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  • Emma Baker

Weaving with waste and hand spun yarns to create unique textured coasters



I visited the Creation Mill stand at Yarndale in September and was excited by their range of waste yarn and fabrics. They are interested in everything around textiles from the creation of the fibre to the end of its life looking at how textiles and fibres can be reused and recycled. I purchased some yarn, being drawn by the gorgeous muted autumnal colours. I didn't initially have a plan in mind for the yarn and this short blog article details how I used this waste yarn to weave some rustic textured coasters using this yarn along with some hand spun yarn.


Starting the project to weave with waste and hand spun yarn to create rustic textured coasters

The yarn that I purchased was a double knit wool yarn in a range of green, brown, burgundy and blue shades. The yarn was not particularly soft so weaving a scarf or cowl was not an option. As most of my weaving is the weaving of such luxury accessories it was nice to have a project which was going to challenge me to weave something different. I decided that I would try and create some rustic coasters. The yarn is shown below.

Cones of yarn in green, burgundy, grey and brown shades sitting on a table
Waste yarn in autumnal colours

Card winding

Card winding is something that I do to look at the way the colours will weave together. I also wind the yarn and measure the number of wraps per inch which gives me an idea for the sett of the weave. I decided that I would weave this yarn at 8 epi which is the sett that I would normally use to weave a doubleknit yarn.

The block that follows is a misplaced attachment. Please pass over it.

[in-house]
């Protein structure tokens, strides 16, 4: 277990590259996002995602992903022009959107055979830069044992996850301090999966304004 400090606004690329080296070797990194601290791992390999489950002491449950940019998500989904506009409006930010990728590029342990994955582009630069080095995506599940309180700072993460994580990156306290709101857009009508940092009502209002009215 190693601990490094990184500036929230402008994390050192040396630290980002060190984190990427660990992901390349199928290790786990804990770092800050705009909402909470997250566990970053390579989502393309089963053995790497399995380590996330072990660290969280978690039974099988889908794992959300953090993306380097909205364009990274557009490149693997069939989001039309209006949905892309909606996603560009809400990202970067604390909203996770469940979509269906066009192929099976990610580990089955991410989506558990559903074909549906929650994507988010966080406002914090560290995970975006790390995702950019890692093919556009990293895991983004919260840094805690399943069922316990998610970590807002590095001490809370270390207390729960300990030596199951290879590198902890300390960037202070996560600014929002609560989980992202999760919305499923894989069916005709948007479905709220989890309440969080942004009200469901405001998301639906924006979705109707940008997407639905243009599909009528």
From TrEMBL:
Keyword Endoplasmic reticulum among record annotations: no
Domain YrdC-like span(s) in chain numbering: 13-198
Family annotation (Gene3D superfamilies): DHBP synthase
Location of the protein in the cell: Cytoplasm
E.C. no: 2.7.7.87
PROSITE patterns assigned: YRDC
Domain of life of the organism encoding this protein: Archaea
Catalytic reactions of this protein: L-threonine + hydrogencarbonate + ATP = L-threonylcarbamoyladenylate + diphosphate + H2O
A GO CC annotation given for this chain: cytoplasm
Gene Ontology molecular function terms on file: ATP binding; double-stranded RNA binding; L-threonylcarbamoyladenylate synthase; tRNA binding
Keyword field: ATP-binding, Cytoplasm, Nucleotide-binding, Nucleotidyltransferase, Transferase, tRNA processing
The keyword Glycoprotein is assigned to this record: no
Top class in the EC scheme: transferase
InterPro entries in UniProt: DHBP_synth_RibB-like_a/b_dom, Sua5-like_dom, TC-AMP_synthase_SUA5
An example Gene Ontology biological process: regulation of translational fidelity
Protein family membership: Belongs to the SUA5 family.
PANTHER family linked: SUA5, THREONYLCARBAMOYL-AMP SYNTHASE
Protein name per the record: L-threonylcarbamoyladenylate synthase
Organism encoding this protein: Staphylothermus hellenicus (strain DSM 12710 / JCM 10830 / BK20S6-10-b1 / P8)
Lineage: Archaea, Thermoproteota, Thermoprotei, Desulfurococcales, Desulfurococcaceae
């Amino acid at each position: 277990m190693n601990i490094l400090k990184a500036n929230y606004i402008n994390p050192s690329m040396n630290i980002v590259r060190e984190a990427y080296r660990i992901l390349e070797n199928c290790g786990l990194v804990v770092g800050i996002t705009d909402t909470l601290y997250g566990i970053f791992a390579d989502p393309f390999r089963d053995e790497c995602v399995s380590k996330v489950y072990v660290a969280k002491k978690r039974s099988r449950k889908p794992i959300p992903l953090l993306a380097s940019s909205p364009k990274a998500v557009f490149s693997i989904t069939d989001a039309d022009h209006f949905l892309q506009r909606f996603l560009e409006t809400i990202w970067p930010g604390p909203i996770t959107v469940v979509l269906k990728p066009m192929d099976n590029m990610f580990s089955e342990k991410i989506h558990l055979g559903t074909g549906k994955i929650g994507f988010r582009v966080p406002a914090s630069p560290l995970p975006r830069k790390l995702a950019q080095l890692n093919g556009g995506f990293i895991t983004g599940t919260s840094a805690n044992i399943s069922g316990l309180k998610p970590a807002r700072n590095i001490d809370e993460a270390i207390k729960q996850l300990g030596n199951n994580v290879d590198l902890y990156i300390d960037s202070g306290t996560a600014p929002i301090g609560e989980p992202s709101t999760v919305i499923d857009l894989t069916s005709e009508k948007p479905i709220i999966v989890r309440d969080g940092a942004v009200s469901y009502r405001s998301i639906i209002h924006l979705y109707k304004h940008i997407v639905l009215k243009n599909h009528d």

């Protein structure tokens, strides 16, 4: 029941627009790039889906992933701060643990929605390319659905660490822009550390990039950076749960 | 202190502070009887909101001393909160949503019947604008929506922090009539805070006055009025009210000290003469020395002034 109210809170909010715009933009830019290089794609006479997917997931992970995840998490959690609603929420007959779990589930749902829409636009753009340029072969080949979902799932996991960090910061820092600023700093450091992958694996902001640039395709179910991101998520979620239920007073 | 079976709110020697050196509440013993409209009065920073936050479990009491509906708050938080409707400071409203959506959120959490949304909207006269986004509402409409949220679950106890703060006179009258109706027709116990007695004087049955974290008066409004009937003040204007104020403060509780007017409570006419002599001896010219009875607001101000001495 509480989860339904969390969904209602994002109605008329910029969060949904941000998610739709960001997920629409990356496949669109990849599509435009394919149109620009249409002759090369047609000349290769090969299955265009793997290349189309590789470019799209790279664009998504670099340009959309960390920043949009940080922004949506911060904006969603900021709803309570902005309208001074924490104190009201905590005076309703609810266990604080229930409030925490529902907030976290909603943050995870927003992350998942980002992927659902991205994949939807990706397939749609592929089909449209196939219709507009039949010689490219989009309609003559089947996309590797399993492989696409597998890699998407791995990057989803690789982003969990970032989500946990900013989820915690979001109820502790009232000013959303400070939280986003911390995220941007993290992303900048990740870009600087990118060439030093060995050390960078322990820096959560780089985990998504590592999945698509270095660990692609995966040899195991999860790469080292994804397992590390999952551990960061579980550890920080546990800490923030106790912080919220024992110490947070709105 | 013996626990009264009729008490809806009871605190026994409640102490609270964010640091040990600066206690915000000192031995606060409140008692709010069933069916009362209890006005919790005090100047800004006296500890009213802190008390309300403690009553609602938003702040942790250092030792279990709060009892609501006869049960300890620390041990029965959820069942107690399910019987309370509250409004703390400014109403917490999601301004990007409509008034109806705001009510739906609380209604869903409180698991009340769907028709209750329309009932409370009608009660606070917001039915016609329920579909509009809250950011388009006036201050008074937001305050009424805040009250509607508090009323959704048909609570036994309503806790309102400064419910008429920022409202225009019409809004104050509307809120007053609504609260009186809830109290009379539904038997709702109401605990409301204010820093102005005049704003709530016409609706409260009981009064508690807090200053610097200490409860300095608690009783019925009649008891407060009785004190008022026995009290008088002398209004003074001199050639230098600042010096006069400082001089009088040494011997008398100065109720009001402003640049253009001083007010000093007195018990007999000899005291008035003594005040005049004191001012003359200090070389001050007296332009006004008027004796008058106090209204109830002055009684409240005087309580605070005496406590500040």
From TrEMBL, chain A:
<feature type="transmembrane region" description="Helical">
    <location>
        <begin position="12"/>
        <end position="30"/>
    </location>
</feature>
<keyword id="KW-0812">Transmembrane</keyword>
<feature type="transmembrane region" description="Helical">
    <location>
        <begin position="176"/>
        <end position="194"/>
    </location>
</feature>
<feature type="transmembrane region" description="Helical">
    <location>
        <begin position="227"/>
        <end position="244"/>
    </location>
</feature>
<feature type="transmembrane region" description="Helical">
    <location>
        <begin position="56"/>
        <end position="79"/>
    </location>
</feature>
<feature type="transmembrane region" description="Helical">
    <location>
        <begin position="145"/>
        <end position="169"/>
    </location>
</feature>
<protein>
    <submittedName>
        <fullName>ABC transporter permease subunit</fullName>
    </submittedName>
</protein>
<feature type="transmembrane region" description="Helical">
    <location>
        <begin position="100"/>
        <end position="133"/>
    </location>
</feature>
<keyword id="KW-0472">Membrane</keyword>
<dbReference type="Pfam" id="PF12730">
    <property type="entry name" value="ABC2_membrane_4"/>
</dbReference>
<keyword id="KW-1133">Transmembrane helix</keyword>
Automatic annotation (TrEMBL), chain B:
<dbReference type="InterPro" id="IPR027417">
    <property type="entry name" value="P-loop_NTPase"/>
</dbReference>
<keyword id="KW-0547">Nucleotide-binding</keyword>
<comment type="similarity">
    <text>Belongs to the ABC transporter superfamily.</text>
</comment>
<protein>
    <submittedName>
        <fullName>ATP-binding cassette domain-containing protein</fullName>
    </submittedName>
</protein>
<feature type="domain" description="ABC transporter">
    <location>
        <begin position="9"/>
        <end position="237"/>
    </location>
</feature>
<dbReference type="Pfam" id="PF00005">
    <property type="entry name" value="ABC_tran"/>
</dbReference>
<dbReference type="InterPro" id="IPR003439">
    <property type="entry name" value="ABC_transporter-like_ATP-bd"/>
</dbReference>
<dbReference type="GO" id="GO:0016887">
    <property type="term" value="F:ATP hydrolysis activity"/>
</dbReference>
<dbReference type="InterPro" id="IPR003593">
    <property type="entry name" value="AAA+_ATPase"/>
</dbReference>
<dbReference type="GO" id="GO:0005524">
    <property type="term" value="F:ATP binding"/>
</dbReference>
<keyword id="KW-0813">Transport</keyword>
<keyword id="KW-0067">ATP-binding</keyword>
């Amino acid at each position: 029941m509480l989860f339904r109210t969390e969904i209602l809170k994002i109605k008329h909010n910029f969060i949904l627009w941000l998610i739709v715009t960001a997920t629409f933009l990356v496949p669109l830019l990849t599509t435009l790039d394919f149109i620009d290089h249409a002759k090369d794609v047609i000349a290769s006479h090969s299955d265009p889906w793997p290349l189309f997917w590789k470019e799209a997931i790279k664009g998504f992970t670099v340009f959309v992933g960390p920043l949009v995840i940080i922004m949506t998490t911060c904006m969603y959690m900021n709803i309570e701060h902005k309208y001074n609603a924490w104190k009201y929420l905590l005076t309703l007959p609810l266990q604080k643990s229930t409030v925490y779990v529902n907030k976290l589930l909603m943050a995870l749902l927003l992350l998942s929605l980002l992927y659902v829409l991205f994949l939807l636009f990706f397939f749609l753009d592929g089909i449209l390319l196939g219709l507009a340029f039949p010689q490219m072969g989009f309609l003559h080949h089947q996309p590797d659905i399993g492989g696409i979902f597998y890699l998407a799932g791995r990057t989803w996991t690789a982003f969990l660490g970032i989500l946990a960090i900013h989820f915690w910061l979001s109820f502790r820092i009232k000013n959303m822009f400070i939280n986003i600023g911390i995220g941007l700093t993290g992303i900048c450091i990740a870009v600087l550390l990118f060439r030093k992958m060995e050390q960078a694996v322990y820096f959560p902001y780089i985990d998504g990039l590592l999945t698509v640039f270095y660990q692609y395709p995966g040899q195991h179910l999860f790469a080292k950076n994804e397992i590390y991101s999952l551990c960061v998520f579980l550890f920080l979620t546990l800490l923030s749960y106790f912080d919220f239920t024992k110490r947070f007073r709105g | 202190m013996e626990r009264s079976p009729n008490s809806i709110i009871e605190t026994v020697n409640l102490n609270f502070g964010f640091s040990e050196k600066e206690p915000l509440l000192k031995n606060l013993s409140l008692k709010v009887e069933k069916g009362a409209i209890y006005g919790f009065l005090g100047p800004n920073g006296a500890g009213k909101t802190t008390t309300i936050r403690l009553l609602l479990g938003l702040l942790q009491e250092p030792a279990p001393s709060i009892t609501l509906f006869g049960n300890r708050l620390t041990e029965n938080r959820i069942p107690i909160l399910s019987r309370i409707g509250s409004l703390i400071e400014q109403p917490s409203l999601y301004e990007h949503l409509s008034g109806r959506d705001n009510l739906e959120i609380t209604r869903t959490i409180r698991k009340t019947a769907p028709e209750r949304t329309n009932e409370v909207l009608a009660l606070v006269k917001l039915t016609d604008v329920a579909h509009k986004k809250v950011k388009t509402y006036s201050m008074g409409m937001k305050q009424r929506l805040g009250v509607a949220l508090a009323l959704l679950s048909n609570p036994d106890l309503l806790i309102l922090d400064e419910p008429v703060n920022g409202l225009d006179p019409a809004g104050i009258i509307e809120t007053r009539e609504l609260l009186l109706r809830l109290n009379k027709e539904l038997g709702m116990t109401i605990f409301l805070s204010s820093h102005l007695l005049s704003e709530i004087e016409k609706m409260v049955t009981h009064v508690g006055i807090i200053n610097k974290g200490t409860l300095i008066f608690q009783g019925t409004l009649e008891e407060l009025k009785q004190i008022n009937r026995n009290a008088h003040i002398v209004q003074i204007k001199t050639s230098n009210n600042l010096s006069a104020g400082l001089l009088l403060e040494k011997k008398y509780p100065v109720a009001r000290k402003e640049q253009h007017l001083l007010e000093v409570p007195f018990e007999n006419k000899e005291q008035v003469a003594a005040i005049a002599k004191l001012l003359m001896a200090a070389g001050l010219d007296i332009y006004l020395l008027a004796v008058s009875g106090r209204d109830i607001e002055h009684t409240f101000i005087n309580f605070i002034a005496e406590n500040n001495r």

A rectangular piece of card with wool yarn wound round it surrounded by 5 cones of yarn laying on their edges.
Card winding to look at colours and sett

Warping the loom

I calculated that I would have enough yarn to weave at least a 5 metre length by 20 inch wide warp. 8 colours were used, each one being a single stripe in the warp. The heddles on all 8 shafts were threaded as a straight 8 design. I like to thread a straight 8 as I know that this gives lots of different pattern design options. This being said from the outset I was pretty sure that I wanted to weave a twill design which could have been woven on 4 shafts.


Let the weaving begin

I initially wove with the same warp and weft yarn adding in stripes using predominantly a twill design. As the final coasters would be around 13cm square I was aware that I needed to change the weft within each 13cm length of weaving if I wanted to create coasters with a degree of patterning.


Incorporating some hand spun alpaca and Jacobs fleece yarn

Weaving in some Aran weight hand spun yarn in natural brown, beige and grey colours added some additional texture as shown below.


The final coasters

The fabric was cut from the the loom and washed in really hot water with lots of detergent to achieve a degree of felting. I wanted the fabric to felt and become more rigid than would be the case for a scarf or cowl because I wanted the coasters to be stiff and to keep their shape. The fabric was dried, pressed and cut into 13cm square coasters. I have popped these coasters on my website and will be taking some along to various local events over the coming months.



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